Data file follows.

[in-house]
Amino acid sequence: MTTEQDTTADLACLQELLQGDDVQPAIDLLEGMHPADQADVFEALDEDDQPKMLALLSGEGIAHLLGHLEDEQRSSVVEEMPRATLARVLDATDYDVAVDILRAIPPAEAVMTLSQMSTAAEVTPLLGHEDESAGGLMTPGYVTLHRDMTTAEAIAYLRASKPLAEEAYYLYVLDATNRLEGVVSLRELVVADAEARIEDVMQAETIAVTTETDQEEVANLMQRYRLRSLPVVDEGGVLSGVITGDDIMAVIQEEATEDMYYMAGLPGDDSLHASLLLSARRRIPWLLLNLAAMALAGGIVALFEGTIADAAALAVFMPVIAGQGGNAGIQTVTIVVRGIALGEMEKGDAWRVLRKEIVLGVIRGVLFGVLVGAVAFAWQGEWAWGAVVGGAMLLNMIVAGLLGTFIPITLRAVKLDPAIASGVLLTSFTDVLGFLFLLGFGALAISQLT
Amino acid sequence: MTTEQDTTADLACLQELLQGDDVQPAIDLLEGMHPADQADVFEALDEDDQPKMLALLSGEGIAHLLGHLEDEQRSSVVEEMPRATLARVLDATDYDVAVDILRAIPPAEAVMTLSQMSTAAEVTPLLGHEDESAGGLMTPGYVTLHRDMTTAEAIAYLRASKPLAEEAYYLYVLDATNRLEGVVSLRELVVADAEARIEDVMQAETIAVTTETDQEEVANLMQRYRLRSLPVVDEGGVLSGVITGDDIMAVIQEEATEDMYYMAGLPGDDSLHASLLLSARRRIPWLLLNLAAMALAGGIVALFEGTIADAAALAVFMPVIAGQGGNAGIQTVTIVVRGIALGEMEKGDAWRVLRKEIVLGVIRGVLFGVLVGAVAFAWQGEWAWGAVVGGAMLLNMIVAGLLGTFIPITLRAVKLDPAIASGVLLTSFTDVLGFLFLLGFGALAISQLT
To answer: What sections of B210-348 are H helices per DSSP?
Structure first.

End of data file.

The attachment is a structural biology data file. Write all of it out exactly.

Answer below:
[in-house]
Amino acid sequence: MTTEQDTTADLACLQELLQGDDVQPAIDLLEGMHPADQADVFEALDEDDQPKMLALLSGEGIAHLLGHLEDEQRSSVVEEMPRATLARVLDATDYDVAVDILRAIPPAEAVMTLSQMSTAAEVTPLLGHEDESAGGLMTPGYVTLHRDMTTAEAIAYLRASKPLAEEAYYLYVLDATNRLEGVVSLRELVVADAEARIEDVMQAETIAVTTETDQEEVANLMQRYRLRSLPVVDEGGVLSGVITGDDIMAVIQEEATEDMYYMAGLPGDDSLHASLLLSARRRIPWLLLNLAAMALAGGIVALFEGTIADAAALAVFMPVIAGQGGNAGIQTVTIVVRGIALGEMEKGDAWRVLRKEIVLGVIRGVLFGVLVGAVAFAWQGEWAWGAVVGGAMLLNMIVAGLLGTFIPITLRAVKLDPAIASGVLLTSFTDVLGFLFLLGFGALAISQLT
Amino acid sequence: MTTEQDTTADLACLQELLQGDDVQPAIDLLEGMHPADQADVFEALDEDDQPKMLALLSGEGIAHLLGHLEDEQRSSVVEEMPRATLARVLDATDYDVAVDILRAIPPAEAVMTLSQMSTAAEVTPLLGHEDESAGGLMTPGYVTLHRDMTTAEAIAYLRASKPLAEEAYYLYVLDATNRLEGVVSLRELVVADAEARIEDVMQAETIAVTTETDQEEVANLMQRYRLRSLPVVDEGGVLSGVITGDDIMAVIQEEATEDMYYMAGLPGDDSLHASLLLSARRRIPWLLLNLAAMALAGGIVALFEGTIADAAALAVFMPVIAGQGGNAGIQTVTIVVRGIALGEMEKGDAWRVLRKEIVLGVIRGVLFGVLVGAVAFAWQGEWAWGAVVGGAMLLNMIVAGLLGTFIPITLRAVKLDPAIASGVLLTSFTDVLGFLFLLGFGALAISQLT
To answer: What sections of B210-348 are H helices per DSSP?
Structure first.